Trying to plant and/or buy off elected representatives is off. That should not be tolerated. Employing people to break into the homes of academics who are critical of China is not acceptable. Using visas as a weapon to silence journalists’ or academics’ comments on any country should not be an acceptable practice. There is a list of the kind of activities that are fairly clearly not acceptable in terms of our basic values.
He said that other activities, such as the buying up of Chinese-language media for use as an extension of Party propaganda, were in a “grey area”. Kevin Rudd emphasised the importance of ensuring that protections against interference do not turn into what he called a “new McCarthyism”:
I am concerned about too broad a sweep and too wide an accusation being levelled at either people of Chinese ethnic origin or people who have normal commercial dealings with Chinese corporations, as if, by definition, they are all potential agents of the Chinese state. That is what worries me.
112.In the course of this inquiry, we have heard troubling allegations of attempted Chinese interference in the UK’s domestic affairs. This is a topic we will pursue in our new inquiry into autocracies and UK foreign policy. However, it is evident that the combination of a China characterised by strengthened Communist Party control and a desire to project its influence outwards, on the one hand, and ever-increasing economic, technological and social links between the UK and China, on the other, presents serious challenges for the UK. The openness of the UK’s political system and its society is a fundamental source of strength. However, in the face of an autocratic state seeking to increase its influence abroad, that openness can also be a source of vulnerability. The UK needs to decide how to draw the line between legitimate attempts to exercise influence, on the one hand, and illegitimate attempts at interference, on the other.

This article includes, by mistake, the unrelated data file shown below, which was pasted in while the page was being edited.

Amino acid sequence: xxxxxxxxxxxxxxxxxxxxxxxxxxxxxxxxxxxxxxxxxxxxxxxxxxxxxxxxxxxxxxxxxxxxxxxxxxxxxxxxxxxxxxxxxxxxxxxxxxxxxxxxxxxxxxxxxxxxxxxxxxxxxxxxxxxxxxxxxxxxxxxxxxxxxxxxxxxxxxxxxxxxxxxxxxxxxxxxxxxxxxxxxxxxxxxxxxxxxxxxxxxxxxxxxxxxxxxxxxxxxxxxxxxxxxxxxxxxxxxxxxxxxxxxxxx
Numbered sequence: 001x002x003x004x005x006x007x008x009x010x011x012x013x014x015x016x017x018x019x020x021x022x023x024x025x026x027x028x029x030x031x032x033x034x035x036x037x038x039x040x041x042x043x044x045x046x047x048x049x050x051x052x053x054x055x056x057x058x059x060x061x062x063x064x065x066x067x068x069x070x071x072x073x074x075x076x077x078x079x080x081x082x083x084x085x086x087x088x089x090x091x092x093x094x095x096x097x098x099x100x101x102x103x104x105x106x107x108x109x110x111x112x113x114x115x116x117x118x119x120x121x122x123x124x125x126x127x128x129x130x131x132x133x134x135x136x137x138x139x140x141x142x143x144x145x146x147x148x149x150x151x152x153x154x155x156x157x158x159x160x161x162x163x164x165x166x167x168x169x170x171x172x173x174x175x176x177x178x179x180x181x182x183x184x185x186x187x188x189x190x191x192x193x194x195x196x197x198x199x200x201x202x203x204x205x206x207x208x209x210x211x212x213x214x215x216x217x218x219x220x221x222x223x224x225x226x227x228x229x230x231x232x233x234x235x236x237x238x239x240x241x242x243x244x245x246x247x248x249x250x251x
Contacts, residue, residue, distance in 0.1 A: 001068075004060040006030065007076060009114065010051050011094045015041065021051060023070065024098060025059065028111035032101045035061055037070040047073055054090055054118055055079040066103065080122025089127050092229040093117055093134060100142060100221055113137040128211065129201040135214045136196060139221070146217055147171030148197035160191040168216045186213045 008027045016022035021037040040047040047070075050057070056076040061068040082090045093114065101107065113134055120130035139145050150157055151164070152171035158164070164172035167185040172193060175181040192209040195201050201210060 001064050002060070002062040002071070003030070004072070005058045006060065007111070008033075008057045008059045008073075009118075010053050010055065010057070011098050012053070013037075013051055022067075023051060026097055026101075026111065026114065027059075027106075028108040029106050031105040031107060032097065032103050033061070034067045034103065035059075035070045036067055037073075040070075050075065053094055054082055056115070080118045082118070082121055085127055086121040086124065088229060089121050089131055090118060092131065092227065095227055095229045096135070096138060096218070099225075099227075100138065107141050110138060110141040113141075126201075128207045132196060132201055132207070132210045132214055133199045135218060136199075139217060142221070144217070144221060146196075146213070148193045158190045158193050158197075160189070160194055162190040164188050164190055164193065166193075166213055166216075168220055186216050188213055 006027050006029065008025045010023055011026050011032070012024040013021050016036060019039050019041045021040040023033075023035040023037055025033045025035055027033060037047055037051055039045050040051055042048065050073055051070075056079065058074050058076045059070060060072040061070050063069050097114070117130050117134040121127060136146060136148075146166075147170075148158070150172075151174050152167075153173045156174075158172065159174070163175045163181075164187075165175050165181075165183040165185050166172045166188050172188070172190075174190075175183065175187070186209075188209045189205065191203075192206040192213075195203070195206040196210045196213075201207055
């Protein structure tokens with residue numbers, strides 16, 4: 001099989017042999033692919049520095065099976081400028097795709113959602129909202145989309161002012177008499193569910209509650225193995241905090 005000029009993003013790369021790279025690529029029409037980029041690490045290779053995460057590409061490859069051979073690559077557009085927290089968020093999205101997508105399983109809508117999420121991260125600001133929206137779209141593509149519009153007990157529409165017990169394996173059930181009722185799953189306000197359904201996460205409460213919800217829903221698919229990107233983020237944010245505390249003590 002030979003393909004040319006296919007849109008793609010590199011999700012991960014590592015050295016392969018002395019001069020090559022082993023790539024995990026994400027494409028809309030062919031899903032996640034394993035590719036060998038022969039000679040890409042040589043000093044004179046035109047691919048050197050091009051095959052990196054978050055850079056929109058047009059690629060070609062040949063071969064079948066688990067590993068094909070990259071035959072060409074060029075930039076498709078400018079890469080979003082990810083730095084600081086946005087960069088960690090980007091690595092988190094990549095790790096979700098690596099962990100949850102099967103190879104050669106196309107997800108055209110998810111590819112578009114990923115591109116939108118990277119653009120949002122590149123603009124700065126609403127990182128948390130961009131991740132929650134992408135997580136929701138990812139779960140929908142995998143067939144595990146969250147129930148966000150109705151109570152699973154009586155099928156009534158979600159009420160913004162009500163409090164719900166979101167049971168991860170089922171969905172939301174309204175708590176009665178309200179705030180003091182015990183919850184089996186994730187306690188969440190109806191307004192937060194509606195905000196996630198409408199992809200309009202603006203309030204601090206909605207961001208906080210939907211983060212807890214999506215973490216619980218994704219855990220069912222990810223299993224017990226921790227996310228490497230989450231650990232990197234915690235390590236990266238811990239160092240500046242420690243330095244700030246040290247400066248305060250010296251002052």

113.In its response to this report, the Government should tell us whether it believes that the Chinese government, or individuals or entities acting on behalf of the Chinese government, have improperly interfered, or attempted to interfere, in the UK’s political institutions and processes, the rule of law, UK media or UK academia. It should further set out what it is doing to counter such interference, or the prospect of it.